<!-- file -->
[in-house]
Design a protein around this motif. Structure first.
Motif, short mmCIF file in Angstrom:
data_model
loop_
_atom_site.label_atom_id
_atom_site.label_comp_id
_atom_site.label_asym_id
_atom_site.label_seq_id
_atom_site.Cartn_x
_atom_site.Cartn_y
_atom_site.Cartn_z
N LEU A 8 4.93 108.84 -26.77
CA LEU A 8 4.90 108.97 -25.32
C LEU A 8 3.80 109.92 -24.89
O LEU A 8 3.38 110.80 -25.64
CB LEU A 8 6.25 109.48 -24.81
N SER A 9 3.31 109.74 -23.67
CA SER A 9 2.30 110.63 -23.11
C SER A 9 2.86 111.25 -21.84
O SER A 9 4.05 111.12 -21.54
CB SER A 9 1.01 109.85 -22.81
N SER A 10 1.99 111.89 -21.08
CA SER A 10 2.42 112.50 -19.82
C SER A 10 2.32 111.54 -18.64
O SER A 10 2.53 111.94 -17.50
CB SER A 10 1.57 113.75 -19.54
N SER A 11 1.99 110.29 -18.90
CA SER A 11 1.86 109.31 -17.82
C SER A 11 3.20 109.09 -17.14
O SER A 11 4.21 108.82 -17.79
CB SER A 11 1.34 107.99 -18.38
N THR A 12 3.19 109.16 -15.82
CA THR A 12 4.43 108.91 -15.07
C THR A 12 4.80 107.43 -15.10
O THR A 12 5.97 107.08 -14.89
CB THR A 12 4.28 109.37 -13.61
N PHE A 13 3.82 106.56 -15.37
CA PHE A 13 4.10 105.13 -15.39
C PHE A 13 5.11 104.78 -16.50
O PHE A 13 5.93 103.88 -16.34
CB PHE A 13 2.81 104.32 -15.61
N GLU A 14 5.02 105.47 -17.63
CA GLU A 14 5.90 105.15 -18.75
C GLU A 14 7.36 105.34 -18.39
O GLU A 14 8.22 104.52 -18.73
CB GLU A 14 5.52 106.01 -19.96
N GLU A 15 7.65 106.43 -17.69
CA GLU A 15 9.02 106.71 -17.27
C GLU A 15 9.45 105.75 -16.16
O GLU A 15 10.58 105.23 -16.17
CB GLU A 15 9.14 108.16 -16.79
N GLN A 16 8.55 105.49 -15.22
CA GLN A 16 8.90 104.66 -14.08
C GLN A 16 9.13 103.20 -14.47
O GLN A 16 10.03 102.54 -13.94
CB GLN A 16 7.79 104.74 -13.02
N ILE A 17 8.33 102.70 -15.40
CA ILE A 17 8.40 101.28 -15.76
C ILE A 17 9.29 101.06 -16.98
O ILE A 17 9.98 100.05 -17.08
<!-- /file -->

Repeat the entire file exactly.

[in-house]
Design a protein around this motif. Structure first.
Motif, short mmCIF file in Angstrom:
data_model
loop_
_atom_site.label_atom_id
_atom_site.label_comp_id
_atom_site.label_asym_id
_atom_site.label_seq_id
_atom_site.Cartn_x
_atom_site.Cartn_y
_atom_site.Cartn_z
N LEU A 8 4.93 108.84 -26.77
CA LEU A 8 4.90 108.97 -25.32
C LEU A 8 3.80 109.92 -24.89
O LEU A 8 3.38 110.80 -25.64
CB LEU A 8 6.25 109.48 -24.81
N SER A 9 3.31 109.74 -23.67
CA SER A 9 2.30 110.63 -23.11
C SER A 9 2.86 111.25 -21.84
O SER A 9 4.05 111.12 -21.54
CB SER A 9 1.01 109.85 -22.81
N SER A 10 1.99 111.89 -21.08
CA SER A 10 2.42 112.50 -19.82
C SER A 10 2.32 111.54 -18.64
O SER A 10 2.53 111.94 -17.50
CB SER A 10 1.57 113.75 -19.54
N SER A 11 1.99 110.29 -18.90
CA SER A 11 1.86 109.31 -17.82
C SER A 11 3.20 109.09 -17.14
O SER A 11 4.21 108.82 -17.79
CB SER A 11 1.34 107.99 -18.38
N THR A 12 3.19 109.16 -15.82
CA THR A 12 4.43 108.91 -15.07
C THR A 12 4.80 107.43 -15.10
O THR A 12 5.97 107.08 -14.89
CB THR A 12 4.28 109.37 -13.61
N PHE A 13 3.82 106.56 -15.37
CA PHE A 13 4.10 105.13 -15.39
C PHE A 13 5.11 104.78 -16.50
O PHE A 13 5.93 103.88 -16.34
CB PHE A 13 2.81 104.32 -15.61
N GLU A 14 5.02 105.47 -17.63
CA GLU A 14 5.90 105.15 -18.75
C GLU A 14 7.36 105.34 -18.39
O GLU A 14 8.22 104.52 -18.73
CB GLU A 14 5.52 106.01 -19.96
N GLU A 15 7.65 106.43 -17.69
CA GLU A 15 9.02 106.71 -17.27
C GLU A 15 9.45 105.75 -16.16
O GLU A 15 10.58 105.23 -16.17
CB GLU A 15 9.14 108.16 -16.79
N GLN A 16 8.55 105.49 -15.22
CA GLN A 16 8.90 104.66 -14.08
C GLN A 16 9.13 103.20 -14.47
O GLN A 16 10.03 102.54 -13.94
CB GLN A 16 7.79 104.74 -13.02
N ILE A 17 8.33 102.70 -15.40
CA ILE A 17 8.40 101.28 -15.76
C ILE A 17 9.29 101.06 -16.98
O ILE A 17 9.98 100.05 -17.08